How I feel about Scheme’s performance.
I came across this post written earlier today, How fast is Scheme? Well…. which states:
I don’t know much about Scheme […] but it seems that the Scheme compilers produce quite sluggish code, at least looking through the grainy, distorted lens that is the Computer Language Benchmarks Game.
That seems to make enough sense to me. For one-off heavily numerical tests, Scheme pretty much sucks. Especially considering that to compile the code it often has to go through C.
He goes on to say:
SBCL comes out very much on top; in general the Gambit programs take two or three times as long to do their job (although I haven’t looked at memory usage). But as far as Scheme compilers go, Gambit seems to be improving things.
With the right declarations, SBCL has been known to outperform straight C as well. Its compiler is really quite something. And (IIRC) it doesn’t have the “handicap” of using C as an intermediate language.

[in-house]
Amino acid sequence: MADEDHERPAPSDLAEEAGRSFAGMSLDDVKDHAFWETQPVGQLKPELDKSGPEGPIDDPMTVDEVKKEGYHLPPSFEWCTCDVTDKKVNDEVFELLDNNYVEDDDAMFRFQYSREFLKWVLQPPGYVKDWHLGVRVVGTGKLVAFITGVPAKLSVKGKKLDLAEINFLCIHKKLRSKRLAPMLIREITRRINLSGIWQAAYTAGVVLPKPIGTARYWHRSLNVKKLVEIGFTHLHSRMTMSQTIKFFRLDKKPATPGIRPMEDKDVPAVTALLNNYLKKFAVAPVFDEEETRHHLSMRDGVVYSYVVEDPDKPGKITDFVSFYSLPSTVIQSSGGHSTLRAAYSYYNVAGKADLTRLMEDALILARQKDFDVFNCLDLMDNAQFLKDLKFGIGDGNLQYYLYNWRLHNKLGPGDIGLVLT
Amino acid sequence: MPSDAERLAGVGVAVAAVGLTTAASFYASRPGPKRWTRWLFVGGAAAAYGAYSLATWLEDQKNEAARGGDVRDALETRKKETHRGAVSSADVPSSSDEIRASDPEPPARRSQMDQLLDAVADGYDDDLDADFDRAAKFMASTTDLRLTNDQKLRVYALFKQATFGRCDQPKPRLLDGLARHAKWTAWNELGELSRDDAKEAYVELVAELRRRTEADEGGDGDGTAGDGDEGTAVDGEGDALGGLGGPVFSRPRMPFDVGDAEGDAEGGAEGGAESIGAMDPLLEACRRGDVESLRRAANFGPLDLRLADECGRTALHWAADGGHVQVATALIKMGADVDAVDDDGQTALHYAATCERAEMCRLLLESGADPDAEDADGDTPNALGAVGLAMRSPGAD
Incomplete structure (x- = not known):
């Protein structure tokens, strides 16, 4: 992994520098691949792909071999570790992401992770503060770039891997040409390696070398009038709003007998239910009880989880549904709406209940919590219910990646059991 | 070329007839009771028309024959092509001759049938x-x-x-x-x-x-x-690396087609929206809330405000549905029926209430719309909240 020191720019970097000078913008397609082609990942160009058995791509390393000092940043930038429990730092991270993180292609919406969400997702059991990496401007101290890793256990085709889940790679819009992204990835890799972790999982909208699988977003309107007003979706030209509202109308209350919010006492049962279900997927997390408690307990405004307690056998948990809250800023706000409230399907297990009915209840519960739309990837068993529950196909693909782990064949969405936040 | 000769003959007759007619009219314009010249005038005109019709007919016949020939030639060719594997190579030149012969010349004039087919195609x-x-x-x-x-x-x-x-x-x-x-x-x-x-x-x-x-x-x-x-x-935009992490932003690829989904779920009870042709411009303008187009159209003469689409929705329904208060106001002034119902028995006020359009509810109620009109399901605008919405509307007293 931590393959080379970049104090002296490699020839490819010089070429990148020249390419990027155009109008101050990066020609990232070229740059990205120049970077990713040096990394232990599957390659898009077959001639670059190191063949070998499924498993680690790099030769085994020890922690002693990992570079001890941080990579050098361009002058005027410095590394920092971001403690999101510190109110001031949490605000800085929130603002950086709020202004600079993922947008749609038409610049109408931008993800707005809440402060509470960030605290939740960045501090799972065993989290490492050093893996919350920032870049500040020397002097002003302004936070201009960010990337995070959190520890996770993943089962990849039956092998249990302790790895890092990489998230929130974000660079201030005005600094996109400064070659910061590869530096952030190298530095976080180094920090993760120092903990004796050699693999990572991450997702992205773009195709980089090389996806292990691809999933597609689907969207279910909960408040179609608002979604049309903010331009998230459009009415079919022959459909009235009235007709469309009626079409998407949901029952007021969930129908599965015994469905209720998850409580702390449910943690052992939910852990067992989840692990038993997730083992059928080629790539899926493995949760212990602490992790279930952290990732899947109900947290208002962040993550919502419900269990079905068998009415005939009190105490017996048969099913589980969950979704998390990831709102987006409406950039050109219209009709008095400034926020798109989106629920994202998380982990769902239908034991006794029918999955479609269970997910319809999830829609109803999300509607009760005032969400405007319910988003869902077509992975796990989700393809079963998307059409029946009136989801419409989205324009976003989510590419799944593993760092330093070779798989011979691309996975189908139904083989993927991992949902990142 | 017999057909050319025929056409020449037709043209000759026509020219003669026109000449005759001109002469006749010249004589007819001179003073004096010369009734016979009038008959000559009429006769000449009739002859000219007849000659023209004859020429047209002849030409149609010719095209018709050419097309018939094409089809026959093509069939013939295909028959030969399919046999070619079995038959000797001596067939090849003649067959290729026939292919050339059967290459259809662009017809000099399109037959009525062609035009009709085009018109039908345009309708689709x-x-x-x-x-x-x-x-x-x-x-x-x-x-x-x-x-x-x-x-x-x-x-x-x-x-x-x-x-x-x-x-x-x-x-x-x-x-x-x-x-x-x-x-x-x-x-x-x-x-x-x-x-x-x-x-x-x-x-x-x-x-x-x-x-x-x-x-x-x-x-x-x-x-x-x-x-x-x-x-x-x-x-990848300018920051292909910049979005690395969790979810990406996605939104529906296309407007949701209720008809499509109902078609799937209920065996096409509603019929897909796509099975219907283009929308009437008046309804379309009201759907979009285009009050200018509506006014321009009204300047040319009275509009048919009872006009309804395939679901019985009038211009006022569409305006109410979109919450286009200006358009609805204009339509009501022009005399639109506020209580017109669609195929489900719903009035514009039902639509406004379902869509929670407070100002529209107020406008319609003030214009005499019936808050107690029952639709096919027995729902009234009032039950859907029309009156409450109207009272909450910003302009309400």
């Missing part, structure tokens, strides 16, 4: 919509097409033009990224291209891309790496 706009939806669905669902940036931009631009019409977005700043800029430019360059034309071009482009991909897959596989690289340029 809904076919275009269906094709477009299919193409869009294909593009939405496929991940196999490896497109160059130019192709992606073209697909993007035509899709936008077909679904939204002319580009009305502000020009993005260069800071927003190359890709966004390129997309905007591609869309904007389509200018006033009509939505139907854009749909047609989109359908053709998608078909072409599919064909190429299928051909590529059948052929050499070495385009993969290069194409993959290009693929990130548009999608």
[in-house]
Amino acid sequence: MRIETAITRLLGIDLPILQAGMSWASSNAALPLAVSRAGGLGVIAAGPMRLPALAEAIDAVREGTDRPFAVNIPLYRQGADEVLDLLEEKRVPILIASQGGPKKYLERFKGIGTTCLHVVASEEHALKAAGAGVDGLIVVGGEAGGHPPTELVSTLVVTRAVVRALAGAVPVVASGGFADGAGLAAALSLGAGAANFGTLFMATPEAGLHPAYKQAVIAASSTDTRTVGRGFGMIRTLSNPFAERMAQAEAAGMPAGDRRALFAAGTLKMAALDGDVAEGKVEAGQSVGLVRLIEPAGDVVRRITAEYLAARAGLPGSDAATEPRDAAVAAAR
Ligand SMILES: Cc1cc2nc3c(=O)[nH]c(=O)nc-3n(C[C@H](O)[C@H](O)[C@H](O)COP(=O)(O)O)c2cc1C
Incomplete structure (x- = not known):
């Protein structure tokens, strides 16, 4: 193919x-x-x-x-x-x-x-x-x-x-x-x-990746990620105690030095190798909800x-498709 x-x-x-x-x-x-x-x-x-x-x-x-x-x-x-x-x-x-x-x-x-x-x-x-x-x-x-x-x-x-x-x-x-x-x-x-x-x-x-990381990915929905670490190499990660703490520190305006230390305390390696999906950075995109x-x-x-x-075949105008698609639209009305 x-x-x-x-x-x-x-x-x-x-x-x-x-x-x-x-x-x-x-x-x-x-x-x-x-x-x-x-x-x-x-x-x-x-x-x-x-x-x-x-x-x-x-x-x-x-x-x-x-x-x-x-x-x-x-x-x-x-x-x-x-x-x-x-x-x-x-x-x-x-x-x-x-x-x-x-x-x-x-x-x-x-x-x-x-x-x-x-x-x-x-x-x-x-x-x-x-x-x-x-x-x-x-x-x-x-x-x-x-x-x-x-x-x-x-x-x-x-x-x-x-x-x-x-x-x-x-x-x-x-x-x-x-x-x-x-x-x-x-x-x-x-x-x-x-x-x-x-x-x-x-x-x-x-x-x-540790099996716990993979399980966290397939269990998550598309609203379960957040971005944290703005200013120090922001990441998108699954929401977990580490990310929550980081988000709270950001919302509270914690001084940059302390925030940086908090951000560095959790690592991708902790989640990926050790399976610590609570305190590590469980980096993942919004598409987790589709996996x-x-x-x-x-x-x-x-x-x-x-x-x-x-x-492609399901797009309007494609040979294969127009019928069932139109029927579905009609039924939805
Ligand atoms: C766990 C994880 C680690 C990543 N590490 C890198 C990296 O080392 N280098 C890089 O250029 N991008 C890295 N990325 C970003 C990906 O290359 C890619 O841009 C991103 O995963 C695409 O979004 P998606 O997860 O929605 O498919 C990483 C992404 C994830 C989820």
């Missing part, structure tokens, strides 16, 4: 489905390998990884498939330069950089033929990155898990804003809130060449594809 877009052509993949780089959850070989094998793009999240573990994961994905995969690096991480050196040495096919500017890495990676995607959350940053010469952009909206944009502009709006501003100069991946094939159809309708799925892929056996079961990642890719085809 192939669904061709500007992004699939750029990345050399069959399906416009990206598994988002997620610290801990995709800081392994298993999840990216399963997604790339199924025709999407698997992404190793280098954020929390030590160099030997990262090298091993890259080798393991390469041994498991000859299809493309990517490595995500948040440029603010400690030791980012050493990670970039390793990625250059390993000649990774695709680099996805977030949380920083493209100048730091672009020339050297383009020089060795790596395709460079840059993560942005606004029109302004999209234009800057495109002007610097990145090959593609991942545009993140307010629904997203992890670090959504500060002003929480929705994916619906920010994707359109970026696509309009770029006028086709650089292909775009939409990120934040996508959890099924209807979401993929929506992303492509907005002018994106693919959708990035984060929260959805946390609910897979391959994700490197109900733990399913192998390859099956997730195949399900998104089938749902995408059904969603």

Personally however, I tend to consider C generating Scheme compilers more practical for issues of portability and/or easier FFI than performance. Chicken’s a good example of braindead-easy FFI. And I feel where Gambit really shines is when you need many, many threads. It’ll handle hundreds of thousands of threads in a breeze. Termite is a good example of exploiting its threading capabilities. RScheme does real-time GC. SCSH has replaced every use I’ve had for shell/perl/etc scripts. There’s a decent chance that any random Linux box already has Guile installed. SISC and Kawa leverage Java’s JIT machiery and provide trivially easy Java FFI. Bigloo can compile to Java bytecode as well. MzScheme runs its own JIT compiler by default where it can, and is prefered to its C output. And there’s a JIT option for all the C-generating Scheme’s as well, compile with LLVM instead of GCC. I think it’d be especially interesting to compare MzScheme’s JIT to MzScheme’s C + LLVM. And if you’re going the Scheme->C route for performance reasons, I’d think Stalin to be the obvious Scheme to use, whether with GCC or LLVM depending on its expected run time (assuming there’s even noticeable startup overhead with LLVM, it’s embedded VM is really quite minimal). Many of them have really nice OO systems built in as well